Also, if you have this extra cash to pay a higher interest rate, you may want to consider a hard-money lender (one who does little risk assessment in issuing loans and to compensate for the increased risk assigns higher interest rates).

Cosignors are another alternative.

Once you get the car, and make timely payments, you'll begin to build a solid credit history.

I financed my last vehicle with peoplefirst.com. They've since been bought by Capital One Auto Finance. Their rates are damn good, but I do believe that they have moderately strict loan underwriting guidelines. You can apply online.

Do your loan research without applying. You don't want all of the inquiries on your credit report. Find lenders that have programs for first time buyers with little or no credit.


No I got mixed up with two different things, I'm not too keen on financing. The bank might be a good place to go....I guess. :confused:. Take it from the people that have done it, not me. I just paid with straight up cash.

I'm still wicked sketchy about Ford SUV's. GM makes a better SUV, but directed towards a different buyer market, the same as your Expedition though. I drive a 1994 4Runner, and love everysingle bit of it. I personally feel that Toyota makes the best SUV's and Trucks, their lineup is hard to beat. 4Runner, Land Cruiser, Rav4 (Kinda Pinner), Sequoia, Tacoma, Tundra. They are really reliable cars, and provide a lot of practibility, (proabobly more than any other car manufacturer). Its just that Ford SUV's have been plagued with so many problems, and the explorer never seems to get up-to date with current demands.

Diesel
06-24-2005, 06:09 AM
Thank you Diesel you actually got to the whole point of why I posted this thread.

I always stay on topic.

When does everyone think that Melvin Mora will return to the Orioles' lineup?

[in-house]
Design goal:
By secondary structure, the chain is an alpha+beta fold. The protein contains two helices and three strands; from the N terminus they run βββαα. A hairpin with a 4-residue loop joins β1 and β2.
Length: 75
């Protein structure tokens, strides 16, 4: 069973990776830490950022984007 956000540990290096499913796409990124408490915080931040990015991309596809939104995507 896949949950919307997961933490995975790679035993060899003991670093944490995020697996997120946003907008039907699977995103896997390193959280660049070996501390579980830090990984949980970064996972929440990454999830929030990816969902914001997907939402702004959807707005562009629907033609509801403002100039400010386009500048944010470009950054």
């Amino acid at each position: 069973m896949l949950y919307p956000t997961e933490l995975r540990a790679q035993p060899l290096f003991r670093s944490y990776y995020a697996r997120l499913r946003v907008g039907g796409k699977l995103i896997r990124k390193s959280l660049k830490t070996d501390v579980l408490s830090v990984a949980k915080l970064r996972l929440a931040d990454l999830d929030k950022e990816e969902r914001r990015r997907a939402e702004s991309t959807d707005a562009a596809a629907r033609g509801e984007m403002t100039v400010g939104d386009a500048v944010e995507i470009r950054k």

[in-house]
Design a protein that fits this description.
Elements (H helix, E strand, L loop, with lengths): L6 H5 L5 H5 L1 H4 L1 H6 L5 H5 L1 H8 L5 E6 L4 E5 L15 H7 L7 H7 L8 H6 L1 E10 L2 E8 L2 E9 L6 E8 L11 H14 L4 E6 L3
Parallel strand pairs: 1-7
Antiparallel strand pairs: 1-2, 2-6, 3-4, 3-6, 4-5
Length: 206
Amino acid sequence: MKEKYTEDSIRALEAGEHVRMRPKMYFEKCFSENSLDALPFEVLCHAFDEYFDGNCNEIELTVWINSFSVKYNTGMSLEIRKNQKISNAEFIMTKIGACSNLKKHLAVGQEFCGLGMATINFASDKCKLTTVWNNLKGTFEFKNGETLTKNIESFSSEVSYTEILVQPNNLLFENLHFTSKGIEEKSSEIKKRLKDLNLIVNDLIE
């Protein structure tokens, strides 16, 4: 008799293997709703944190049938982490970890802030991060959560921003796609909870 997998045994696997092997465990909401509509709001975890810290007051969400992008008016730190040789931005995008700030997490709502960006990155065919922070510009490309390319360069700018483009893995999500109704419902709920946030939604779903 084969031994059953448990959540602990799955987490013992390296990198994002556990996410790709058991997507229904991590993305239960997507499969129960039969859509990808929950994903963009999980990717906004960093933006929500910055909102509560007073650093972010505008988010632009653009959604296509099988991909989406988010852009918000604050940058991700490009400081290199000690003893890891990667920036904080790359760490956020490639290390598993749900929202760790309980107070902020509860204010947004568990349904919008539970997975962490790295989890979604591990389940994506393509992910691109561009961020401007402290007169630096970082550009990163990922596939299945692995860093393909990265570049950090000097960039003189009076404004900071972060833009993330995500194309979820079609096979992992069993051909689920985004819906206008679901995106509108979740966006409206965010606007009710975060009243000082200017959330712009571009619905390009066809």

antfarm007
06-30-2005, 12:55 AM
I think the older Japanese SUVs are junk.

If you're looking at an SUV for sure, I'd recommend an old Jeep Cherokee or Grand Cherokee. Both are smaller SUVs, but they were built solid.


For new cars, I'd say that all of the "mainstream" brands are about the same (GM, Toyota, Chrysler, Ford, Honda, etc.)

I'd say avoid the smaller foreign brands (Kia, Suzuki, Mazda, etc.). Brands you might think are good like Land Rover and Volvo are actually total crap.

For the crap American cars get, the US manufacturers really don't want you to have problems with their new cars, and they'll work hard to fix any problems you get.

Quality gaps between Asian and US manufacturers have really been cut in the past 10 years or so. If you're looking at a car 10+ years old, go Japanese. Cars today it doesn't really matter. None of the manufacturers want to hear about problems, so they will all take excellent care of you.

Big thing is to look at where the cars are made. Cars made in Japan are tops, US/Canada second, elsewhere behind that. The Japanese companies have some factories here, but the products aren't nearly as reliable as the ones that came from Japan years ago. As the Japanese companies are forced to move some of their production from Japan to other Asian countries, quality will drop. However, most of this production stays in Asia anyways.